Shop Small Saturdays November 29th – Support Small Business


On Small Business Saturday, merchants hope to attract customers on the second day of the Christmas shopping season

In Port Chester, NY, shoppers are always strolling Main Street and Broadway looking for unique items and bargains. Same thing in Rye. Purchase Street is lined with small shops that offer everything from jewelry to shoes to children’s clothes, even consignment.

And if it seems as if many are already crossing items off their holiday to-do list, they are. According to a survey by the National Retail Federation, early-bird shoppers have already been out and about this year. The survey found 40 percent begin their holiday shopping before Halloween. Others wait until Black Friday or Cyber Monday.

To help promote local businesses, the Chappaqua-Millwood Chamber of Commerce is planning to offer deals designed to get residents to shop locally on Small Business Saturday, Nov. 29.

“We have reached out to everybody in the town to get them thinking about what else they might want to do on that day,” said Nancy Shenker, the Chappaqua-Millwood chamber’s president.

The goal is to attract shoppers with a bargain on the second day of the Christmas shopping season while reminding them that small businesses are the key to a vibrant local downtown or shopping district.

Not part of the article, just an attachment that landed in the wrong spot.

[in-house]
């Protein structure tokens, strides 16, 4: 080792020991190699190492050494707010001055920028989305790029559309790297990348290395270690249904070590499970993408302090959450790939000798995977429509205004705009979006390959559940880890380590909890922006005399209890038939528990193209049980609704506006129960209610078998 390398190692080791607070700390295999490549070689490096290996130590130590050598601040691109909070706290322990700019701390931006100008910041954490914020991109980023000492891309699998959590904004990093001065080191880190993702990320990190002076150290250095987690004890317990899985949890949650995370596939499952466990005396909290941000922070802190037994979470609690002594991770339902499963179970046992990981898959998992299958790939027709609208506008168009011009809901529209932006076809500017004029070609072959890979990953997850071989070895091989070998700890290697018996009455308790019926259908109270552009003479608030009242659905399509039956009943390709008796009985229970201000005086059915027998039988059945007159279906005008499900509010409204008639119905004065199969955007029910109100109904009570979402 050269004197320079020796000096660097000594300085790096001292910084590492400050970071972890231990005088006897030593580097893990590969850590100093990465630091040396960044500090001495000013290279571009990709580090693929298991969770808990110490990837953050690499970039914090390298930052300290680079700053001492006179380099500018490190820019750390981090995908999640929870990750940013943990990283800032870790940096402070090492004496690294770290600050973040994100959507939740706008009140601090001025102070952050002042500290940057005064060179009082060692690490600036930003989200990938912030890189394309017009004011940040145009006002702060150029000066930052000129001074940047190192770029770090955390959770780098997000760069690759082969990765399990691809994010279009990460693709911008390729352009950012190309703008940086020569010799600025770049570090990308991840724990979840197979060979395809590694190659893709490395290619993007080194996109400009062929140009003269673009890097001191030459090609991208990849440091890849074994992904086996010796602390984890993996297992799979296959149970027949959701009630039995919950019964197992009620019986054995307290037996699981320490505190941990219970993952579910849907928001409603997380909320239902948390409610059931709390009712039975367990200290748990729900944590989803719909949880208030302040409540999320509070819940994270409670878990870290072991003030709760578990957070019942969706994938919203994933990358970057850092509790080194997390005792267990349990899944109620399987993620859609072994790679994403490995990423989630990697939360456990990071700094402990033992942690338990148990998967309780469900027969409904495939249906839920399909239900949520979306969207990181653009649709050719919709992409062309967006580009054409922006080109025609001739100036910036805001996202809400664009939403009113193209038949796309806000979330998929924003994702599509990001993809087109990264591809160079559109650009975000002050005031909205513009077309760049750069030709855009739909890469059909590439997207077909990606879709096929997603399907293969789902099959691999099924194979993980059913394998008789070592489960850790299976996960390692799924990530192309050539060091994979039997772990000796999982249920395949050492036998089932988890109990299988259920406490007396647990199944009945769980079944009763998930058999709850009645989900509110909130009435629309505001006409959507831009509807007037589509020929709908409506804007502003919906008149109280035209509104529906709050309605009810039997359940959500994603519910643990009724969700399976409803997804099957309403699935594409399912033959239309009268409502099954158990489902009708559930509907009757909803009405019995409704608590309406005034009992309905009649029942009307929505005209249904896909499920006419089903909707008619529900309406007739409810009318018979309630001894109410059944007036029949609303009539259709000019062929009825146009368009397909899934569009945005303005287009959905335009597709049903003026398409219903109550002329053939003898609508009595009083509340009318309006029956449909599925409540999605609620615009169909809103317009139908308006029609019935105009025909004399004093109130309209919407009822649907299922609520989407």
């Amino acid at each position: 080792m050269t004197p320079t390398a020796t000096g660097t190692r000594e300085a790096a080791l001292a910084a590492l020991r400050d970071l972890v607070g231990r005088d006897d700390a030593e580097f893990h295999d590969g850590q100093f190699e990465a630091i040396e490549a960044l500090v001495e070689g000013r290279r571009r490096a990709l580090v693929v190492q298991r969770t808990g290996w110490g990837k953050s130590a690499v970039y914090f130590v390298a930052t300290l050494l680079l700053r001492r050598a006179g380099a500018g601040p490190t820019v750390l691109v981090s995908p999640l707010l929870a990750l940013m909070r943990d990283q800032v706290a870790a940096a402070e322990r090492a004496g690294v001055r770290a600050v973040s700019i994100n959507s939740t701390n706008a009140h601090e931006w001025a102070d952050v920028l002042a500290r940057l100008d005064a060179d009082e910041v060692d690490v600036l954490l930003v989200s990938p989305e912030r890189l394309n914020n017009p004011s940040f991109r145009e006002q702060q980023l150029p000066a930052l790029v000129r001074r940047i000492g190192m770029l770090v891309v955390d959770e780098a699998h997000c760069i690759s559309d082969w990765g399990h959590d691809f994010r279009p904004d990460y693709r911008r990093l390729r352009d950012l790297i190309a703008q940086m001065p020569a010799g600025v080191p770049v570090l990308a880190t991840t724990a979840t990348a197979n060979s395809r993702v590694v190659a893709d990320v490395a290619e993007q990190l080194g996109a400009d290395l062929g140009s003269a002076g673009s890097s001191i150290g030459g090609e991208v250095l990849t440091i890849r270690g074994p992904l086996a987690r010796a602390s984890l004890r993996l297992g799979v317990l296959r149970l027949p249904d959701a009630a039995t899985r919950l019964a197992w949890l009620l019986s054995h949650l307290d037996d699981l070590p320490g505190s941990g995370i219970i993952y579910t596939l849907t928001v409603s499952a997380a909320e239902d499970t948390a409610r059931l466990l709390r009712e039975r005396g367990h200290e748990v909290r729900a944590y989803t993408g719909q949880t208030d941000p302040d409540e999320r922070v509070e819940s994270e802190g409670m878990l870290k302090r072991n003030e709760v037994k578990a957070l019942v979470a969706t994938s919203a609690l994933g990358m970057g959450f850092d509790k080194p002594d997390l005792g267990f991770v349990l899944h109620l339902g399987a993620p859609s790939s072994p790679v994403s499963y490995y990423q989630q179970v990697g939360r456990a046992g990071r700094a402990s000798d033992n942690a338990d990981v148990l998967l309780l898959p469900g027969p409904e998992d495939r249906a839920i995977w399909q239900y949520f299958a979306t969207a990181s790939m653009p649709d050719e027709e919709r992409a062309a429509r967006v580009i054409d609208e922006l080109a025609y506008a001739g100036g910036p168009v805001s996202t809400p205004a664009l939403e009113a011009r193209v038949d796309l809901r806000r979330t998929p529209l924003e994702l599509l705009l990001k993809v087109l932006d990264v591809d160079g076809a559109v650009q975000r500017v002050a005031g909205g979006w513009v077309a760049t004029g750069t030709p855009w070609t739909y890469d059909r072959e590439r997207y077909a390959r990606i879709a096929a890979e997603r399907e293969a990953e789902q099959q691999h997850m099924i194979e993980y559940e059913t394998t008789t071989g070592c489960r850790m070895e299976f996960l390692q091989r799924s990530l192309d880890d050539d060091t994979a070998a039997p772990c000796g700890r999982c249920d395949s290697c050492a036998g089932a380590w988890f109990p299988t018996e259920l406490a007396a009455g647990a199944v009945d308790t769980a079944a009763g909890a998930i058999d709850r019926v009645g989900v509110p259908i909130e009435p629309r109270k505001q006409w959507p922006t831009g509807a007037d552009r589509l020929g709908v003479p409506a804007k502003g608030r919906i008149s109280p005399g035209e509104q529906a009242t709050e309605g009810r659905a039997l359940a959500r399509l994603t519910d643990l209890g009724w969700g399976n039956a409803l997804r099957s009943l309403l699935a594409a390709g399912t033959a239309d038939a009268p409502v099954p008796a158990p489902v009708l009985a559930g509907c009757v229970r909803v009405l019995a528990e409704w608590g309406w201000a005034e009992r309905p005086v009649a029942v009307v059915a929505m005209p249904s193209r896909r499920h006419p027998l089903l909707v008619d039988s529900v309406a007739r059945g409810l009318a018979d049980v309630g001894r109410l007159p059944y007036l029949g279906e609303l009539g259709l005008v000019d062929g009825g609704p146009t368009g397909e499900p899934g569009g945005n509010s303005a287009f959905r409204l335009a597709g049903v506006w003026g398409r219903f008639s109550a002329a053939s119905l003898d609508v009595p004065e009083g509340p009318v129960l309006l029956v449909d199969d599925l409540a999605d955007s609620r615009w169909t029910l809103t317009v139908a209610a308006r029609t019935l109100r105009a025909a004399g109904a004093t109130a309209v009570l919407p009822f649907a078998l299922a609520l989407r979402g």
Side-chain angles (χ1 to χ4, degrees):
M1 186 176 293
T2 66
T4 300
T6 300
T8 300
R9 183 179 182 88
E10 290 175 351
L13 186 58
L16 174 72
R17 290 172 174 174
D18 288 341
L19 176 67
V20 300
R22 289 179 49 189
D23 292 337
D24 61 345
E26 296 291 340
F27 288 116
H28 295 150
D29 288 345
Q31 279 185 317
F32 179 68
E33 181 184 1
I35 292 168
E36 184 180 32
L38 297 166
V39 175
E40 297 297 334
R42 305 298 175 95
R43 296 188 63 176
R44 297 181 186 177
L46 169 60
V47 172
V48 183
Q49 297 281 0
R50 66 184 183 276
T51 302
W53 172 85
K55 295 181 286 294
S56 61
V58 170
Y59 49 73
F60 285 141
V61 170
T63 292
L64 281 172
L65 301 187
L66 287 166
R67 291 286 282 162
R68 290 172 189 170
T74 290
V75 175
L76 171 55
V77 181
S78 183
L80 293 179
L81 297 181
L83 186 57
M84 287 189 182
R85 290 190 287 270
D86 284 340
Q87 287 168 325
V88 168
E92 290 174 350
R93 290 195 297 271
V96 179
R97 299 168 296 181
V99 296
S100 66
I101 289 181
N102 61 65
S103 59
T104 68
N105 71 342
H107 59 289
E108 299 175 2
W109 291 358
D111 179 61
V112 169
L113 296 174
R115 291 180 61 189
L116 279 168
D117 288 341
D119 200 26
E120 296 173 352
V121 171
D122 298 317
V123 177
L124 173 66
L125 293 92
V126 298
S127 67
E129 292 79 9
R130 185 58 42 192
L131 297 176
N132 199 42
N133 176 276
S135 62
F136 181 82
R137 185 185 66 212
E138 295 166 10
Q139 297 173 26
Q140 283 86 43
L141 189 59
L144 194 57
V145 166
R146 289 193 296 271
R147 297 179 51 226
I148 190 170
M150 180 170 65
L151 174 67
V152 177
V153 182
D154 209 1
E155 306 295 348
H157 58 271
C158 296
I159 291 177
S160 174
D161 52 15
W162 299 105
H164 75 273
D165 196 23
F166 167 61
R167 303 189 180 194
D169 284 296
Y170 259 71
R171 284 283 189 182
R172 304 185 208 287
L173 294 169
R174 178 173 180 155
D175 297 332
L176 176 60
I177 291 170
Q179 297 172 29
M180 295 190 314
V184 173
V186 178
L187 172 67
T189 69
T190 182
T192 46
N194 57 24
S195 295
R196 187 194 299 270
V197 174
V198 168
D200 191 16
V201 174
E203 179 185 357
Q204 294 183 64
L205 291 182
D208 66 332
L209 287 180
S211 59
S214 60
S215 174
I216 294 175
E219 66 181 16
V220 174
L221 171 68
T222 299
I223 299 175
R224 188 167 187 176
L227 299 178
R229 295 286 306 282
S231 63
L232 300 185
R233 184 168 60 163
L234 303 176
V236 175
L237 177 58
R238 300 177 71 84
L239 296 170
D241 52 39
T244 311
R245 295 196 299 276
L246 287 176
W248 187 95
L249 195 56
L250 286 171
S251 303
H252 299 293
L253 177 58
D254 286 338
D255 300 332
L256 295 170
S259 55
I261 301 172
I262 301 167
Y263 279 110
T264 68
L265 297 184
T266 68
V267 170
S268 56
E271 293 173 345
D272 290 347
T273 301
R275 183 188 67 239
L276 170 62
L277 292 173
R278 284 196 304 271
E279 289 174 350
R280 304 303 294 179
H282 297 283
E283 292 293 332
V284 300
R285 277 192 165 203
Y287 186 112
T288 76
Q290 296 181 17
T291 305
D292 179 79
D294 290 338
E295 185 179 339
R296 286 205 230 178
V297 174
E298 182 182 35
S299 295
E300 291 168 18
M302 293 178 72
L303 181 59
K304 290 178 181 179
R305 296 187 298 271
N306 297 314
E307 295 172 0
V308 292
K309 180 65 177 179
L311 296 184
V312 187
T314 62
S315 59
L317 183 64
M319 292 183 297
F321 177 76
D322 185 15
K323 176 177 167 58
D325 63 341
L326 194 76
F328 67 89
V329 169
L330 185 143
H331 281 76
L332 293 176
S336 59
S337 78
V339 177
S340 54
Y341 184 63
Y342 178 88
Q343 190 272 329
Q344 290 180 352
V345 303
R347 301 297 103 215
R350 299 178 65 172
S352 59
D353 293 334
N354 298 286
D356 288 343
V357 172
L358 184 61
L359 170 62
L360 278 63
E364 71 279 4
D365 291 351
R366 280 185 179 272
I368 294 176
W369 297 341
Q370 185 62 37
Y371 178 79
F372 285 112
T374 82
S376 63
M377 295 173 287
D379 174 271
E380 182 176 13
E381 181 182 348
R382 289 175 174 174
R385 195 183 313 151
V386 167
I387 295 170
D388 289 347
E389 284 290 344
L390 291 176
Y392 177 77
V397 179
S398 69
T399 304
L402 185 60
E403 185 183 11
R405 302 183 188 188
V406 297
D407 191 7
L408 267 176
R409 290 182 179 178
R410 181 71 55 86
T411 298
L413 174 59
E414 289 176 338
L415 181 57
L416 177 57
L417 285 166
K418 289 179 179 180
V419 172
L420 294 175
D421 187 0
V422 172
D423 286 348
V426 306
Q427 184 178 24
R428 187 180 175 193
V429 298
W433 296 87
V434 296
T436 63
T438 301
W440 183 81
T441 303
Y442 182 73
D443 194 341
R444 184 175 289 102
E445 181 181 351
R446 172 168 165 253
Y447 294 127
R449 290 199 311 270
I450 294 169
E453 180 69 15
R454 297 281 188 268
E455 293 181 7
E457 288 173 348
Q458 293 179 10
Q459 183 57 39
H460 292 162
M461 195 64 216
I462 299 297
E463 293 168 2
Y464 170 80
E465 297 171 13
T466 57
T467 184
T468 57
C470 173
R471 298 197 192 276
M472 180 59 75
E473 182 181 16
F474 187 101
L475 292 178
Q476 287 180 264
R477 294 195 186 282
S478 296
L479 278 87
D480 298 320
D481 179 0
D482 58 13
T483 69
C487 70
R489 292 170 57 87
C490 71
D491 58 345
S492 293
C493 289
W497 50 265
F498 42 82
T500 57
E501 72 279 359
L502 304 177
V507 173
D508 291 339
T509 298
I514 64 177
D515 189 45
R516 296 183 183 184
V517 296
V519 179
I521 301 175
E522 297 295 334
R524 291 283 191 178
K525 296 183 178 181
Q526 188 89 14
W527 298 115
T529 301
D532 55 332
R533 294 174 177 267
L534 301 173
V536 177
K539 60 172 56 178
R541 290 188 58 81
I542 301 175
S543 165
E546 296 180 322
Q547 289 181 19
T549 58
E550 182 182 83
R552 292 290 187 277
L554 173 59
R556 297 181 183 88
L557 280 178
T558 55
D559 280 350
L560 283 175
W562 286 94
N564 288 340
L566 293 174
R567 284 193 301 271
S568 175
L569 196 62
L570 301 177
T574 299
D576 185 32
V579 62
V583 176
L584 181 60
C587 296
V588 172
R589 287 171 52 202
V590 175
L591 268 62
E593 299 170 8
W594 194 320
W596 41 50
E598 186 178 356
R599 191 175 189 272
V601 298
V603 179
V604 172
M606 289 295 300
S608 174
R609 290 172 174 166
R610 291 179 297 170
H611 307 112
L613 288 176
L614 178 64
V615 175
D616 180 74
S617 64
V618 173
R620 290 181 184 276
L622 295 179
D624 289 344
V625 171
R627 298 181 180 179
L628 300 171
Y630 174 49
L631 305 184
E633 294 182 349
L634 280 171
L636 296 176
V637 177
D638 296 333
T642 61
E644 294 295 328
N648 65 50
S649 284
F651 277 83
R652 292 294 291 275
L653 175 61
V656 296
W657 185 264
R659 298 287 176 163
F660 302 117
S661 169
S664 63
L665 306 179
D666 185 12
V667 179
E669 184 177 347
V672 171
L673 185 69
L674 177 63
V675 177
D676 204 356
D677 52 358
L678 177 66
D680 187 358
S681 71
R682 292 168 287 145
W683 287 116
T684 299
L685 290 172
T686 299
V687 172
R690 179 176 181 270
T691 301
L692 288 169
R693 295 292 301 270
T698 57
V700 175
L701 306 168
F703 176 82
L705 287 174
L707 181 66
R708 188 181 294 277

Joe Albaum of Pleasantville said his post-Thanksgiving Saturday tradition is to go to a ski shop in Brewster to prepare for winter, but said he appreciated Chappaqua’s three hours of free parking during the holiday shopping season.

“You don’t have to worry about getting a ticket,” Albaum said as he and his wife sat outside Starbucks.

Small Business Saturday is a promotion launched by American Express in 2010 to promote small, independent merchants. It’s morphed into a national observance with races, parties or any other kind of promotion that will attract patrons.

By the end of October, more than 2,000 people registered as “neighborhood champions” with American Express, promising to recruit at least 10 businesses in their communities to recognize the day.

“Last year it was a huge success for the village. It was our most successful day of the holiday season from an economic point of view,” said Ross. “I think people are becoming more aware and wanting their community merchants to be successful.”

Across the street from Ross’ shop, Mark Mangan just finished having a late breakfast at Johnny Cakes. Mangan, 51, of New Rochelle, said he supports the concept.

“The merchants are turning over merchandise, whether it’s for a cheaper price, it brings people in and keeps the town thriving,” said Mangan.

Rye’s chamber of commerce is turning Small Business Saturday into a weekend event by encouraging shopping Saturday and then throwing a Mistletoe Magic festival on Sunday by closing Purchase Street and offering entertainment.

Both Ross and Shenker noted that the endeavor isn’t about getting locals to shop small once a year, but building new relationships that last throughout the year.

“If you have a new face that never shopped there before and you gave them an experience they liked, you’ve cultivated a new customer,” Shenker said.